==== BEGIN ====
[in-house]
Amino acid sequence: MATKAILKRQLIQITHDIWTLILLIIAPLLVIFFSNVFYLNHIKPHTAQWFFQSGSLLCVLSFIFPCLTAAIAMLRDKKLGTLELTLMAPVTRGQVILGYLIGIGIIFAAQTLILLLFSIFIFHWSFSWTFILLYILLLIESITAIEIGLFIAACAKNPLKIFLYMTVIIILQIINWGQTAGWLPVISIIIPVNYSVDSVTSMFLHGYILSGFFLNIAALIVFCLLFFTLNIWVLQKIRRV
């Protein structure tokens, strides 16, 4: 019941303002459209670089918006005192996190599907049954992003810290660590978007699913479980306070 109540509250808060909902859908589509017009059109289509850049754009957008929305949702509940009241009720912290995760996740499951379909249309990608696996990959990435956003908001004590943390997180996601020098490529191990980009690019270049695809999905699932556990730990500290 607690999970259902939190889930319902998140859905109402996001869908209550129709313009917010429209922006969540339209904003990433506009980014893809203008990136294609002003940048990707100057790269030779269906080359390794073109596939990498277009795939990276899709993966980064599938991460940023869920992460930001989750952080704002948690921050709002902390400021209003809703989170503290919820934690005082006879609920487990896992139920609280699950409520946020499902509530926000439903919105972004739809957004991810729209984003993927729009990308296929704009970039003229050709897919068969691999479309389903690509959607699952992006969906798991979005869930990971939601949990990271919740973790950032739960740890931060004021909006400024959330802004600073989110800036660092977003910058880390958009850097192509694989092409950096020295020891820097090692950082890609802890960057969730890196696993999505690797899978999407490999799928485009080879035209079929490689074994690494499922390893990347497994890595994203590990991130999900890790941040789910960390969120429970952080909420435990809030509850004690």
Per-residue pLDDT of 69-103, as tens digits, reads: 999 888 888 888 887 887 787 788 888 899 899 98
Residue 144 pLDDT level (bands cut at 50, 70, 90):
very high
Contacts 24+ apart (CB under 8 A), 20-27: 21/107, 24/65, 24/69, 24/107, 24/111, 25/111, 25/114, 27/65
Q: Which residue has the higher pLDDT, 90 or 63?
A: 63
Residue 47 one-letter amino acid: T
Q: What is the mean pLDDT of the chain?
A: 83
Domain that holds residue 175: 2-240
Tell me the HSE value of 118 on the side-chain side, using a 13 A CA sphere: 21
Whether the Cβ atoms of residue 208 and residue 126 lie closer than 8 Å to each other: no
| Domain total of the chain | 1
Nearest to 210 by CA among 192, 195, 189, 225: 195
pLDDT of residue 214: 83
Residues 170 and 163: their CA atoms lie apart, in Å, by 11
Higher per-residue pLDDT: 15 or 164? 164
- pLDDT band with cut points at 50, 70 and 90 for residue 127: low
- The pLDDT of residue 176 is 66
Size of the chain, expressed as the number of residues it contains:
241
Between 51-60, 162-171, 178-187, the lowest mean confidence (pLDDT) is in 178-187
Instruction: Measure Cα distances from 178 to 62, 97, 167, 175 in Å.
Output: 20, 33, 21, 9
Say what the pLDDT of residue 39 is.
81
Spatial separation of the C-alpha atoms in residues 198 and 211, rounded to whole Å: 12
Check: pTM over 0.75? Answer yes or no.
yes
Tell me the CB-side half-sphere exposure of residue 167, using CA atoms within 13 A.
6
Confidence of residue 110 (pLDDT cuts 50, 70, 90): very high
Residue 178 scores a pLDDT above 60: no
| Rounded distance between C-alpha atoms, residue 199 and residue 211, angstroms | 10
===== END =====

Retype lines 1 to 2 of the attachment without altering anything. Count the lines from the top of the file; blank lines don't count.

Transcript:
[in-house]
Amino acid sequence: MATKAILKRQLIQITHDIWTLILLIIAPLLVIFFSNVFYLNHIKPHTAQWFFQSGSLLCVLSFIFPCLTAAIAMLRDKKLGTLELTLMAPVTRGQVILGYLIGIGIIFAAQTLILLLFSIFIFHWSFSWTFILLYILLLIESITAIEIGLFIAACAKNPLKIFLYMTVIIILQIINWGQTAGWLPVISIIIPVNYSVDSVTSMFLHGYILSGFFLNIAALIVFCLLFFTLNIWVLQKIRRV